Thursday, January 28, 2016

Publix Stays Old-School While Whole Foods, Aldi and Trader Joes Go Smaller, Cheaper, Better

Publix (Website) is the dominant grocery store brand in the Orlando area. It trades on the model of huge variety, huge store footprint, higher prices (justified by a no-cost-to-them feature: customer service) and a dependance on national brands.

Oh, and they have more money than Wal Mart. So the model is working for them.

Aldi (Website) is a German grocery chain that's a sister company to Trader Joes (Website). Both offer private label products versus national brands. Prices are generally cheaper at the two stores than at traditional grocery stores and the store footprints are smaller.

A new entrant to the market from Germany, Lidl, will also use the private label, smaller foot print model.

This newer model has been noticed by another grocery store chain, Whole Foods. They, unlike Publix, are jumping onto the bandwagon with glee.

Whole Foods just opened a mega store on January 20th in Altamonte Springs. They're not getting out of the larger-format store game anytime soon.

However, Whole Foods announced in 2015 that it would be getting into the private label, smaller grocery store game as well with the 2016 launch of a new store called 365 by Whole Foods (Website).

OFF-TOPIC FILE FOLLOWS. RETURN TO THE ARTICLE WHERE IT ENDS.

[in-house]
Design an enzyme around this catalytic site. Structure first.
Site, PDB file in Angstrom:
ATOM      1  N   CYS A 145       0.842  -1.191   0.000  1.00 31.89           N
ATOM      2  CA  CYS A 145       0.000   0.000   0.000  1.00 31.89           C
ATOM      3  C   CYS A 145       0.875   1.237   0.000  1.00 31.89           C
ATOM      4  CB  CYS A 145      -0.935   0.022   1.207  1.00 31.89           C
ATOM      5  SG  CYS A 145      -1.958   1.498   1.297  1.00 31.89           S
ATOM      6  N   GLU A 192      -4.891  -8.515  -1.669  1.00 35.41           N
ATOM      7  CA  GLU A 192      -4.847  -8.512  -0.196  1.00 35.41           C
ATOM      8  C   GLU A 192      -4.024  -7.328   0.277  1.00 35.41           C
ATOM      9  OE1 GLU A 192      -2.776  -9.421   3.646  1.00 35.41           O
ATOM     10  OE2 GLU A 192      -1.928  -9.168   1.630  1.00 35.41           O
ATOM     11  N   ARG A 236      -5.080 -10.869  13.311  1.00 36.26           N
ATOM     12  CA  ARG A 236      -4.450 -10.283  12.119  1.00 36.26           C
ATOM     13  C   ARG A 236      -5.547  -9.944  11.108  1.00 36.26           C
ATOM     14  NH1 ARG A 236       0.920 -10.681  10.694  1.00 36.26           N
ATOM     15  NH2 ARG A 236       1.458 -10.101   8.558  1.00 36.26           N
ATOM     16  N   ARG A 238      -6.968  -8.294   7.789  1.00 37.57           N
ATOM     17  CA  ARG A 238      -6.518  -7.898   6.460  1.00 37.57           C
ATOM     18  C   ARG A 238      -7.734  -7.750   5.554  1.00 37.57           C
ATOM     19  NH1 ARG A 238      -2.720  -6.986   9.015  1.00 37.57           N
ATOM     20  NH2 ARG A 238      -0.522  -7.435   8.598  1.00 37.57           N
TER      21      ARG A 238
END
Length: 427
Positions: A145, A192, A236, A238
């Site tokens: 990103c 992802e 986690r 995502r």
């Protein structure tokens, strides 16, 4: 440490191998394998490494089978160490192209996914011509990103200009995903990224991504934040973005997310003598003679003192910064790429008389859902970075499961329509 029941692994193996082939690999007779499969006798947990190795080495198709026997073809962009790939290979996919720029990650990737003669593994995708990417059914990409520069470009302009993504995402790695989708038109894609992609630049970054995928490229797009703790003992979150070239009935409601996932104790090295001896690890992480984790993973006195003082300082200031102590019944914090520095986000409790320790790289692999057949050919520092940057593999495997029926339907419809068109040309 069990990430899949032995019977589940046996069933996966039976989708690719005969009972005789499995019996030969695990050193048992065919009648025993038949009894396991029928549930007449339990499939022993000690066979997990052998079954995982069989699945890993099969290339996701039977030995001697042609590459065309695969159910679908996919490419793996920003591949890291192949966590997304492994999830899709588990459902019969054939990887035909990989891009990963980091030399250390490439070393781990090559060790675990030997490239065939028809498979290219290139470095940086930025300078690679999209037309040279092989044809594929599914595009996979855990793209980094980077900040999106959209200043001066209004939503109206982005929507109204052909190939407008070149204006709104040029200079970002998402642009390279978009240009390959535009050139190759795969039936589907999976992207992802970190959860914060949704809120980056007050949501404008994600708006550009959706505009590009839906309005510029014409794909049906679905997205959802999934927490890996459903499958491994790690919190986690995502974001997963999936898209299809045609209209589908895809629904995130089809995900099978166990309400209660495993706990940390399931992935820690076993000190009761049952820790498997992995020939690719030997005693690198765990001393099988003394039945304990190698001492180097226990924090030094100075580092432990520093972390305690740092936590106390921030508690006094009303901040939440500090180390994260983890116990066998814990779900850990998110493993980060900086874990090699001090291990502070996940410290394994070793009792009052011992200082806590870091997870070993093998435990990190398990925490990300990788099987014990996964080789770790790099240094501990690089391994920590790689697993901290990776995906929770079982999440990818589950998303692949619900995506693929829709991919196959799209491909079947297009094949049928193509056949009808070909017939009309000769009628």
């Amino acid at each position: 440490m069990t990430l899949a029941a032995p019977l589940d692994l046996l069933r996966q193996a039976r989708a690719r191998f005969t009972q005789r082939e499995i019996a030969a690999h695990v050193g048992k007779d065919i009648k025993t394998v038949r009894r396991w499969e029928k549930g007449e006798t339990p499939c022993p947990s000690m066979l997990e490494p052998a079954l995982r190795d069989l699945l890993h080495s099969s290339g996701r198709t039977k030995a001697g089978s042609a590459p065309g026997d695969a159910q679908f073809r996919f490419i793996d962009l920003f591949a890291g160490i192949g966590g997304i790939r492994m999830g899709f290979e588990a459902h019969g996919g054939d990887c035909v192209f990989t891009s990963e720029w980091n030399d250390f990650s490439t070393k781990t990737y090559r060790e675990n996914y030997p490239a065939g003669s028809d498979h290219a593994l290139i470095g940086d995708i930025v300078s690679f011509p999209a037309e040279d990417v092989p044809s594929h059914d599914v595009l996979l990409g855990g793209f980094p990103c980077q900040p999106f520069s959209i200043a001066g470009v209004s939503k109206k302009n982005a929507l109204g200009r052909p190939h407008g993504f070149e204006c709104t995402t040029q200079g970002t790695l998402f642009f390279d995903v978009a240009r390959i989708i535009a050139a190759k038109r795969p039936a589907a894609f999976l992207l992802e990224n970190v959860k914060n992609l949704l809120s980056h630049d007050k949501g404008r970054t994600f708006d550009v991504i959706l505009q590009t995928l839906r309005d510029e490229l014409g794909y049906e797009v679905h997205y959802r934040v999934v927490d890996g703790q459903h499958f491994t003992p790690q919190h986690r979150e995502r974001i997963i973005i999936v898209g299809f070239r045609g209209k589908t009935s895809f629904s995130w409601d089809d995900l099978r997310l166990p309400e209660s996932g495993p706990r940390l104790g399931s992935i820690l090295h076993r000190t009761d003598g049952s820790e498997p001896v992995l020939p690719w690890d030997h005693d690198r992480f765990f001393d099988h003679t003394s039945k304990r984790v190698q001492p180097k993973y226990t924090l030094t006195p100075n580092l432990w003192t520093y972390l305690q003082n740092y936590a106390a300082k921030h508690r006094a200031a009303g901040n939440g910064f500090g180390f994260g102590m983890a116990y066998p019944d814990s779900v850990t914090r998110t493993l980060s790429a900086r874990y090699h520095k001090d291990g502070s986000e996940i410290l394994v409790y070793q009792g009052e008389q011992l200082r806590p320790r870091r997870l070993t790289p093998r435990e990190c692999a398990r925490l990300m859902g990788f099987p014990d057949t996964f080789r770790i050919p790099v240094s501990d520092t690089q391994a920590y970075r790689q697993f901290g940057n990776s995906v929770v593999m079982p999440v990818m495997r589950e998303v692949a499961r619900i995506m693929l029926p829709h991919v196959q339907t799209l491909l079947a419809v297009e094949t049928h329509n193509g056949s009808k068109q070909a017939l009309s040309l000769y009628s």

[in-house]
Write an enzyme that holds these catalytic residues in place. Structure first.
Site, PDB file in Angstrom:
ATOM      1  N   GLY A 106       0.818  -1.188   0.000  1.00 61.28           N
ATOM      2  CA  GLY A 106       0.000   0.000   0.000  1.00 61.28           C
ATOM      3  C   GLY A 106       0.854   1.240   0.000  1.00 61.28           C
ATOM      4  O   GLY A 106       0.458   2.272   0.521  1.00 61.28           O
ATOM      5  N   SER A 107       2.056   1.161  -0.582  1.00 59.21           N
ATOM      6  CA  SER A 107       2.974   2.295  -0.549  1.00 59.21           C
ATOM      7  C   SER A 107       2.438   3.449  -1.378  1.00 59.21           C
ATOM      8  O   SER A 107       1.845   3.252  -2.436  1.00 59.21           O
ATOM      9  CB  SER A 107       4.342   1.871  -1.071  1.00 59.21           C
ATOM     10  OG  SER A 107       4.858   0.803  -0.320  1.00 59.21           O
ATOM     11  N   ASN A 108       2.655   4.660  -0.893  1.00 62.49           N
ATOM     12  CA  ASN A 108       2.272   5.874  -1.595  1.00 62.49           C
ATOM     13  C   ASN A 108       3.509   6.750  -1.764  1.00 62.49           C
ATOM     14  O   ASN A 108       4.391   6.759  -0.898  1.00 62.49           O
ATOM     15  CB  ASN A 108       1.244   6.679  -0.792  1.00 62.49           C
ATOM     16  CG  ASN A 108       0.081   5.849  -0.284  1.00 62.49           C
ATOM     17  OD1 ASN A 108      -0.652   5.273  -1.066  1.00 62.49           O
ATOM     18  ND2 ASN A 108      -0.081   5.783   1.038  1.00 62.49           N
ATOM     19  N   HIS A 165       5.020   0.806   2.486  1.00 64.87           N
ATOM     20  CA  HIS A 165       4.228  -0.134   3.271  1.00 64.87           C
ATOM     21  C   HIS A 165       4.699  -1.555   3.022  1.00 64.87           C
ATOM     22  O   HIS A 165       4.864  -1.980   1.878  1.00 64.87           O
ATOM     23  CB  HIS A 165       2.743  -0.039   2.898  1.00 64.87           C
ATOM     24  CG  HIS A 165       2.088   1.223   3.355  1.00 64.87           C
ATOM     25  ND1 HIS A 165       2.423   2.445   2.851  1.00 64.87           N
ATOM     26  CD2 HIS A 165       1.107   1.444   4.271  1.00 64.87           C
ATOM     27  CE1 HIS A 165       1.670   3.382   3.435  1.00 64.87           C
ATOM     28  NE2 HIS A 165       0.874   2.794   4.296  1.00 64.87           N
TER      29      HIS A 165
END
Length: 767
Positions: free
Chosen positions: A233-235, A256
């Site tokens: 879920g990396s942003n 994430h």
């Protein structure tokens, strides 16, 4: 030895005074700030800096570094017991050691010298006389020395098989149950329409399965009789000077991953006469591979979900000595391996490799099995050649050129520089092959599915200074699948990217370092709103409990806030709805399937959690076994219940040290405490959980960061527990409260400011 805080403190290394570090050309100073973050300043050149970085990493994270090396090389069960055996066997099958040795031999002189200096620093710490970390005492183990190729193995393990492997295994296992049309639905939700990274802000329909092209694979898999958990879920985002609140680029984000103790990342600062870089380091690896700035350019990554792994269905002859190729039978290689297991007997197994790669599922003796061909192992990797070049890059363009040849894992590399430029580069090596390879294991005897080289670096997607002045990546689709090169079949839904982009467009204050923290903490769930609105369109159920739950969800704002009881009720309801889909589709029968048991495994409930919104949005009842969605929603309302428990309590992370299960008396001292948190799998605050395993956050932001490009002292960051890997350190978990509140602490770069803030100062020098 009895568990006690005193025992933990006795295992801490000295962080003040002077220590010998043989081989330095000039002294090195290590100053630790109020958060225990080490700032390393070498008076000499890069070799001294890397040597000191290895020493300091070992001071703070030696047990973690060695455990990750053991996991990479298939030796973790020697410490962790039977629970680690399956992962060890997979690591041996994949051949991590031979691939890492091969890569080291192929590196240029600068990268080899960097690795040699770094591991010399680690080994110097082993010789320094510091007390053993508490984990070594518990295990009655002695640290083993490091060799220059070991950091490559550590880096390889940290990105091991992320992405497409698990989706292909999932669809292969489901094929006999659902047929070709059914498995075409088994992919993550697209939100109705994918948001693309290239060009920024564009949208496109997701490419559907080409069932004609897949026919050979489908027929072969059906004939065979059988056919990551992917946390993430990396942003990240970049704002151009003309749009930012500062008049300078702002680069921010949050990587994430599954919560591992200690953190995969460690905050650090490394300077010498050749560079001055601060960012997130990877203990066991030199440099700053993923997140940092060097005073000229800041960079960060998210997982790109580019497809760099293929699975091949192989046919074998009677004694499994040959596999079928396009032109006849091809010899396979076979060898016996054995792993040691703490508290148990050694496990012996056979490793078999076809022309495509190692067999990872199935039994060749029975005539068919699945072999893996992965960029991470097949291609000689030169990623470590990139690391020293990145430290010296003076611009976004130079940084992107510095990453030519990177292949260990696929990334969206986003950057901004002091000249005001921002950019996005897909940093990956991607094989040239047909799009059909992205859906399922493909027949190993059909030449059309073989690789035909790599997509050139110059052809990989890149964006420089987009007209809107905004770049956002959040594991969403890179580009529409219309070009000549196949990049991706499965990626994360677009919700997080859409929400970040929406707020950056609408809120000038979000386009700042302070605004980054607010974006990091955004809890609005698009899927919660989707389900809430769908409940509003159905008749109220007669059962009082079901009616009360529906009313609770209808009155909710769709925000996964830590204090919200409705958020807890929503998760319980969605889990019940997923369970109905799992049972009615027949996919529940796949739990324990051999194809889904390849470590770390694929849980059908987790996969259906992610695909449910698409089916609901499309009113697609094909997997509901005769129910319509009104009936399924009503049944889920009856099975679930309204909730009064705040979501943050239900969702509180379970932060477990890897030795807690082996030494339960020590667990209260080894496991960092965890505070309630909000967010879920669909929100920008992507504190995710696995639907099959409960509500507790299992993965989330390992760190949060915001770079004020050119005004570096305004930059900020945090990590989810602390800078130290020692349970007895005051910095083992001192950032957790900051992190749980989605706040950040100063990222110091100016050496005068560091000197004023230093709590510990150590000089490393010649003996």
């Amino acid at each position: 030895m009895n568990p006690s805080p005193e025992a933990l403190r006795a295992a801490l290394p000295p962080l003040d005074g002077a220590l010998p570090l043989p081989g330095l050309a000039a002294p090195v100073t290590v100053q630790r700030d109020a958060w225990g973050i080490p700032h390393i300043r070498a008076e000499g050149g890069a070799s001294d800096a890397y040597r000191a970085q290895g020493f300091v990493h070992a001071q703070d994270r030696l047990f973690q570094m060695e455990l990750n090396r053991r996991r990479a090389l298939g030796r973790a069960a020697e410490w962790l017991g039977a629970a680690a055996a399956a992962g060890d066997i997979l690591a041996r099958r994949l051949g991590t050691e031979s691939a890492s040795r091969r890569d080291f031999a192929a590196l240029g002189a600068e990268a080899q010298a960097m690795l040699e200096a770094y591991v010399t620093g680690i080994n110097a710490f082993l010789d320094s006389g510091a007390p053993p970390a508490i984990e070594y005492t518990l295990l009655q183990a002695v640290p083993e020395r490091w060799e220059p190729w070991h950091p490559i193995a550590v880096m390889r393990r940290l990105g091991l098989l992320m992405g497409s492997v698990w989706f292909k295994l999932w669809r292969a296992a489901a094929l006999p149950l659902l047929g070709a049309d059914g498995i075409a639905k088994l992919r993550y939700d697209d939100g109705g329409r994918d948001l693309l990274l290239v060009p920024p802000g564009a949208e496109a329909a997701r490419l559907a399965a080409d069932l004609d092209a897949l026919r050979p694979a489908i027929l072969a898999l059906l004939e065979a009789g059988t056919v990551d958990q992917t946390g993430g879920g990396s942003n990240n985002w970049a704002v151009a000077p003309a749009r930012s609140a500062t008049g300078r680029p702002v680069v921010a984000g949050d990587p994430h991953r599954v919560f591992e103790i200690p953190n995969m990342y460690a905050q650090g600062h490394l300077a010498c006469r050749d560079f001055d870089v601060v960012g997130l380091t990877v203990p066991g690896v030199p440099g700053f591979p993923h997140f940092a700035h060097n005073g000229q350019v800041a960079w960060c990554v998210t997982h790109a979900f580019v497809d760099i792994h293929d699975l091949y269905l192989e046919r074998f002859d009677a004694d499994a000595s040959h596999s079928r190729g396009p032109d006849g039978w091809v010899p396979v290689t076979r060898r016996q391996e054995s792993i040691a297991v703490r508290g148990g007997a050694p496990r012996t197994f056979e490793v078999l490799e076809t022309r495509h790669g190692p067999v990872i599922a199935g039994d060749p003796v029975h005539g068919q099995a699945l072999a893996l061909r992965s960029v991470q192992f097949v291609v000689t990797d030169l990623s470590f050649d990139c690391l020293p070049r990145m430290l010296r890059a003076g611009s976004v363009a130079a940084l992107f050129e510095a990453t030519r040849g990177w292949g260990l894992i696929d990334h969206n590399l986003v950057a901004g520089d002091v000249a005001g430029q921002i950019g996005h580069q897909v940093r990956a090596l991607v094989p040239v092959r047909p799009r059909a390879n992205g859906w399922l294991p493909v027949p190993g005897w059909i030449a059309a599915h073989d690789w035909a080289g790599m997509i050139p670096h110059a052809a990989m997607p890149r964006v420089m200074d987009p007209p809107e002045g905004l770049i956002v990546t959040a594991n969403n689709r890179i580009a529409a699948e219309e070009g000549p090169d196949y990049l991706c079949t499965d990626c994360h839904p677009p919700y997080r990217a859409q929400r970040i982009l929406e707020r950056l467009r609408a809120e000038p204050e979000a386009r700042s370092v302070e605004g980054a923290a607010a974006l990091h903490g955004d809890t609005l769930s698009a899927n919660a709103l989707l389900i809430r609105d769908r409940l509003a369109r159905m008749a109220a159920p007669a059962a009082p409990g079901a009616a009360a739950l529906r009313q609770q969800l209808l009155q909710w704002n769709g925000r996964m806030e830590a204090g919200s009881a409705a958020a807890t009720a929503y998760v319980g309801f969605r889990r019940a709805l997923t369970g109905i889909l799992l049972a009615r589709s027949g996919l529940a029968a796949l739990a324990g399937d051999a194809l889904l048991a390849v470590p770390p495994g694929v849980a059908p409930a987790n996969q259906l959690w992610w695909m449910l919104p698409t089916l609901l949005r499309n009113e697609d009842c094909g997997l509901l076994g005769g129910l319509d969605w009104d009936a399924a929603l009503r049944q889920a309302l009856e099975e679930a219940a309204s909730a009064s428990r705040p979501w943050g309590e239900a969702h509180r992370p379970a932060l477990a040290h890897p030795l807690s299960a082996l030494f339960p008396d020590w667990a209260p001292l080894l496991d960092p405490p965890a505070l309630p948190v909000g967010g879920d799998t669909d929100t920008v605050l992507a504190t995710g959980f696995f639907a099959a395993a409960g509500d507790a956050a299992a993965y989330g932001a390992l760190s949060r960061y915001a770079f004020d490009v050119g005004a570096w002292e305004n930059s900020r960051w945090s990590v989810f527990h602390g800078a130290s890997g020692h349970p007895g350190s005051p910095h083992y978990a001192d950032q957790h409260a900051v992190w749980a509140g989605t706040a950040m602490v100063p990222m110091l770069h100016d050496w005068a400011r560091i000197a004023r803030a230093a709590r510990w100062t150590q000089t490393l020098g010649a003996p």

The stores won't be dumbed-down versions of Whole Foods according to Jeff Toucans, President of 365. He says guests will be able to do a "full shop," meaning the market will contain everything customers need for a typical grocery shopping experience.

He says the stores will allow the company to bring fresh healthy foods to communities they wouldn't be able to through their Whole Foods stores.

UCF? Downtown? Those are two spots that could use a value-focused, lower-priced grocery store.

He describes the new 365 stores as

  1. right amount of technology, not tech for tech's sake
  2. bright, hip and cool
  3. will look great when you walk up to it
  4. knowledgable team members
  5. fresh, healthy, exciting

No Orlando let alone Florida location has been announced yet.

The first cities to get the new concept store include:

  1. Silver Lake (LA)
  2. Bellevue, Washington
  3. Houston
  4. Portland
  5. Oregon
  6. Santa Monica 
  7. Cedar Park, Texas
  8. Cincinnati
  9. San Francisco  

The first three store locations open in 2016 and 10 stores are expected to open in 2017.

Have a tip about Orlando-area development? Send it to mark@thedailycity.com.